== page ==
THE widow of the man driving the train which derailed in Aberdeenshire last week has criticised the BBC for their reporting of the crash.

The train had been running the 06:38 service from Aberdeen to Glasgow when it hit a landslip and came off the tracks.

Three people were killed: the driver Brett McCollough, conductor Donald Dinnie, and a passenger named Christopher Stuchbury.

It was widely reported that the train had reached a speed of 72.8mph before the crash, which the Rail Accident Investigation Branch (RAIB) said is within the 75mph limit for that stretch of track.

McCullough’s widow, Stephanie, took to Facebook yesterday to decry the reporting of the incident by “various news channels”, which she said was “implying my lovely husband was at fault”, despite him doing “everything by the book”.

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She said the train’s “black box” had recorded the run-up to the incident and proved he “did everything he was told to do”.

She later added her husband was being made a “scapegoat”.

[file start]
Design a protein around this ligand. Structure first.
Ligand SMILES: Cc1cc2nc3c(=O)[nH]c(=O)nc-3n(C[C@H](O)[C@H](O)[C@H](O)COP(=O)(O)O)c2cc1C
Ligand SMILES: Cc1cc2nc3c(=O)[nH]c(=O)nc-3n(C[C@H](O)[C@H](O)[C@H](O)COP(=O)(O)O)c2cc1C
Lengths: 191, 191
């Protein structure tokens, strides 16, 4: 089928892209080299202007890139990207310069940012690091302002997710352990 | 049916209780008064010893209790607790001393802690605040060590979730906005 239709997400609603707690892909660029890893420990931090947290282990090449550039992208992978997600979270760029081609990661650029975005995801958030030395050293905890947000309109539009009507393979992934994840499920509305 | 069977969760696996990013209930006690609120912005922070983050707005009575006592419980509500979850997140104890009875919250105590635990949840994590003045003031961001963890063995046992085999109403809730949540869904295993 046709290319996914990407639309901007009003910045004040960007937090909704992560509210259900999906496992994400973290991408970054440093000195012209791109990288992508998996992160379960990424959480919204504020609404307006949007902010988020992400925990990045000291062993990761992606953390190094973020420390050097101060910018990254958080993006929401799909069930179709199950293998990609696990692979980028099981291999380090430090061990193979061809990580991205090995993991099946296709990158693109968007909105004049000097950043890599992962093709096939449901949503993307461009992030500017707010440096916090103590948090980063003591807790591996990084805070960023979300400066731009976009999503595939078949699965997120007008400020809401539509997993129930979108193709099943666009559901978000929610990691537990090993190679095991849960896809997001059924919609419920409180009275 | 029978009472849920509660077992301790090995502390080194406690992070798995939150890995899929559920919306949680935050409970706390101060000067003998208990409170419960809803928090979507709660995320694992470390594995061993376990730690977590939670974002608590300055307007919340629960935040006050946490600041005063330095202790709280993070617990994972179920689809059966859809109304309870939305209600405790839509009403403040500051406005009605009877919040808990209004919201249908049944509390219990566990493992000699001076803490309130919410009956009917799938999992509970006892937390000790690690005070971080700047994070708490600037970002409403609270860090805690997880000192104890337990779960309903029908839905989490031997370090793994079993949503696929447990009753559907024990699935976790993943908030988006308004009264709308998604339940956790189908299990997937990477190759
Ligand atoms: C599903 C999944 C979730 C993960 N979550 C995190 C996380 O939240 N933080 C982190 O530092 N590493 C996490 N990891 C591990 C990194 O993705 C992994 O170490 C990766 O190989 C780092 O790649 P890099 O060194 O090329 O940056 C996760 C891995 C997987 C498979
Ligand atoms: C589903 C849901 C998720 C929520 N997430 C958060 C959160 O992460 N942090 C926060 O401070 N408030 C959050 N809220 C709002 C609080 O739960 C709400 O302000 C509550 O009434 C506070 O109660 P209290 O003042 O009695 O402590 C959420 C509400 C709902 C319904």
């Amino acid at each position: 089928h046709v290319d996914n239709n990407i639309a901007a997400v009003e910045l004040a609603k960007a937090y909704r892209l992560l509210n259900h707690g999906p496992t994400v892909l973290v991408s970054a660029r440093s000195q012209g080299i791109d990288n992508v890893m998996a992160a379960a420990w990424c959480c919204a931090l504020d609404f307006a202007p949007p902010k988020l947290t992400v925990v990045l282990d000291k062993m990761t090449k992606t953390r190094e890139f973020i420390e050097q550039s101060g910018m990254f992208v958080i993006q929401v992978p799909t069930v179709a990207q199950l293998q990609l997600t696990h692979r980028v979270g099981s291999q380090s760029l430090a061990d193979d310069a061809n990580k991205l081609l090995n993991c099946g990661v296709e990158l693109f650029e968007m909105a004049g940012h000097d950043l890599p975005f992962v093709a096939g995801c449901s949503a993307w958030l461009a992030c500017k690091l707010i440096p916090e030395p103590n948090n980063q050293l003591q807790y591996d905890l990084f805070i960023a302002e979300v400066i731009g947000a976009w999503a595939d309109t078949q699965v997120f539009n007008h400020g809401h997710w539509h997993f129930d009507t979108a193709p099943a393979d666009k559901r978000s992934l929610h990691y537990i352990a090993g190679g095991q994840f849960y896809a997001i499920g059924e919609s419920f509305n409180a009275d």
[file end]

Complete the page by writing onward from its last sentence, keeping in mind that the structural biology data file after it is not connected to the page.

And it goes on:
The BBC then ran an article on her Facebook post.

The article stated: “Describing conditions at the time of the crash, the RAIB said there had been thunderstorms in the area, with 52mm (2in) of rain falling within the space of four hours.

“This is about 70% of the total monthly rainfall which could be expected in Aberdeenshire in August.”

Now, McCullough has hit out at the BBC for “missing out the FACT that the thunder storm had actually passed by that point and the sun was out”.

McCullough had stated in her original post, which the BBC quoted at length, that: “At this point in time the storm had passed and the sun was shining.”

The BBC did not include that line of her post.

McCullough went on: “We know Brett saw the landslide because the emergency brakes were applied.

“Many people don’t know that you can’t just stop a train! When the brakes are applied it could take up to a mile to stop a train, it’s not instant like a car.

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“I can’t stand people implying that my beautiful kind husband was to blame. He did everything he was told to do. I can assure you Brett loved his job and did everything by the book.

“Unfortunately coming round that corner there was nothing he could have done.

“Please don’t assume things if you don’t know how the railway works as it’s very different from driving a car.

“It’s extremely hurtful to think people are judging Brett when they have absolutely no idea what they are talking about.

“Nobody should go to work and not come home. I have three heartbroken children here who Brett adored. His family was his world and he cared so much about people.”